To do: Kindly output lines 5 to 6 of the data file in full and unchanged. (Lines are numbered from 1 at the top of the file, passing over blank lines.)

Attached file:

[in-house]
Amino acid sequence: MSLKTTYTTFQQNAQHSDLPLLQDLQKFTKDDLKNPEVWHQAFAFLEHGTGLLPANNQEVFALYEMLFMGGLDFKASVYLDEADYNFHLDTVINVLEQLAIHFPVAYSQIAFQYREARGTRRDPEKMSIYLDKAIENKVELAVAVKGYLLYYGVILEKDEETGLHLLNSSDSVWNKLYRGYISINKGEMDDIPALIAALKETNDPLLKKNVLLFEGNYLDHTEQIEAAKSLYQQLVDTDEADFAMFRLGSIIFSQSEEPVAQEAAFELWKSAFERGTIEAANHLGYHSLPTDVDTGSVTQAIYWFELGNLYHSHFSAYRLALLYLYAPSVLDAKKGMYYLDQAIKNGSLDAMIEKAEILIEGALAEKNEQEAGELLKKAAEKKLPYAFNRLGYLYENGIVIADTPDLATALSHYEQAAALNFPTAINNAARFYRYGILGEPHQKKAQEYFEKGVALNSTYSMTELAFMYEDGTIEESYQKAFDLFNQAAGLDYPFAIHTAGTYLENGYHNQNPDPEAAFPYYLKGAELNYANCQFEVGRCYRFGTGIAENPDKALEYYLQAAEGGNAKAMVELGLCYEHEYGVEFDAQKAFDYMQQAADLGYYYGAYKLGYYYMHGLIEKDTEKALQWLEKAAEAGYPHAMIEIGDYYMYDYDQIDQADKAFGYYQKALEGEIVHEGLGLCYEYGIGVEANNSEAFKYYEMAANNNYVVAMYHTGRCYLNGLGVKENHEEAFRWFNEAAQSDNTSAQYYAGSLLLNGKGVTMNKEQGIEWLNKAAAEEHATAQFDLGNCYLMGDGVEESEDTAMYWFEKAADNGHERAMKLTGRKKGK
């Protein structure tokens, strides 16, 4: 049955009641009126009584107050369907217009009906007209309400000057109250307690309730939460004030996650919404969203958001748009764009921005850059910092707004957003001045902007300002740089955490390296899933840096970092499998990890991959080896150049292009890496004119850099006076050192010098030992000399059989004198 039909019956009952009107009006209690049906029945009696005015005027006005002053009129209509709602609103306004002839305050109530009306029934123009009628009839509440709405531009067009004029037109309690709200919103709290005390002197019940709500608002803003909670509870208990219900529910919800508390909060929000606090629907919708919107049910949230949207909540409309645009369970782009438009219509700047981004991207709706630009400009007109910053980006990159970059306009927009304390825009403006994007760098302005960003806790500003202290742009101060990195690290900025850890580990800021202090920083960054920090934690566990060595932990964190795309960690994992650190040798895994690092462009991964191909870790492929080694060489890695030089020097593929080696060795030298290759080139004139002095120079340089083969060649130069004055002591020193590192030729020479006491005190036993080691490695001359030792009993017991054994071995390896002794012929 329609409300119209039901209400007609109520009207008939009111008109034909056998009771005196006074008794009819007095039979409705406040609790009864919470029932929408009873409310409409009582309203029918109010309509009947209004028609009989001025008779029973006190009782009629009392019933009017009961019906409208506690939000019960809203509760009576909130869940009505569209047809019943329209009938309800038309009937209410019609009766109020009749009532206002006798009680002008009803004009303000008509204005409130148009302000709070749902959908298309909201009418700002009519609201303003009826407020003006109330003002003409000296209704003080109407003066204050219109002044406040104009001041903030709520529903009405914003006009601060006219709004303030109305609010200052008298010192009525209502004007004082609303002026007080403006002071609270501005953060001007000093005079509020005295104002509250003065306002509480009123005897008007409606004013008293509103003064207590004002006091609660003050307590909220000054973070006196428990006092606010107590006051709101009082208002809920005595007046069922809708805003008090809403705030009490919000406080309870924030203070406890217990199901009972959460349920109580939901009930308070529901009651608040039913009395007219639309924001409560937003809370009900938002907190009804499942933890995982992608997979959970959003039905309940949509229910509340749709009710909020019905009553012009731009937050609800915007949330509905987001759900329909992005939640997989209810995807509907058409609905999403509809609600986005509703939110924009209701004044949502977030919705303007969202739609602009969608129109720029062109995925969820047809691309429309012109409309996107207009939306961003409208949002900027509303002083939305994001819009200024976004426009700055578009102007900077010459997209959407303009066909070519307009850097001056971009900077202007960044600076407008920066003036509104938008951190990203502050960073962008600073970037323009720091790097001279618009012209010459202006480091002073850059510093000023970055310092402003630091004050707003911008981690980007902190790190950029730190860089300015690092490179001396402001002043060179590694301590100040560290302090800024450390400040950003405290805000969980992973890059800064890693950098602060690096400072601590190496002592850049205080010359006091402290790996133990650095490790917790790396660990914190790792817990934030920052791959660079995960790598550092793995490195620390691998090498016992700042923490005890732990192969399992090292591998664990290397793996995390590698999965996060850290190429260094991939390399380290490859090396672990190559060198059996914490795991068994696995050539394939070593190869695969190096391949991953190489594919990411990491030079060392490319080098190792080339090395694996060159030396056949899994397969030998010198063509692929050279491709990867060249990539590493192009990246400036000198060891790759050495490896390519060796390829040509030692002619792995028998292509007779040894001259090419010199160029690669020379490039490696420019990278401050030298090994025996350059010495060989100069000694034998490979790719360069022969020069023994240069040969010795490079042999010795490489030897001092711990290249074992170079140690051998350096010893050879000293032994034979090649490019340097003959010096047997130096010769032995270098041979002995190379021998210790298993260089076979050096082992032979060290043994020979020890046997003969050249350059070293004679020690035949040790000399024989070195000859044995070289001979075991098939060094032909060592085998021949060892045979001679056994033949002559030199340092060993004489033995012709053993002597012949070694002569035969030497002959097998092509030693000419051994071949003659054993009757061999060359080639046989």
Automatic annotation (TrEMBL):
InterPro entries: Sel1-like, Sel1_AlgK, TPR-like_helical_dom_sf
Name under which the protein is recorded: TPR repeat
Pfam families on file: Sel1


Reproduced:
InterPro entries: Sel1-like, Sel1_AlgK, TPR-like_helical_dom_sf
Name under which the protein is recorded: TPR repeat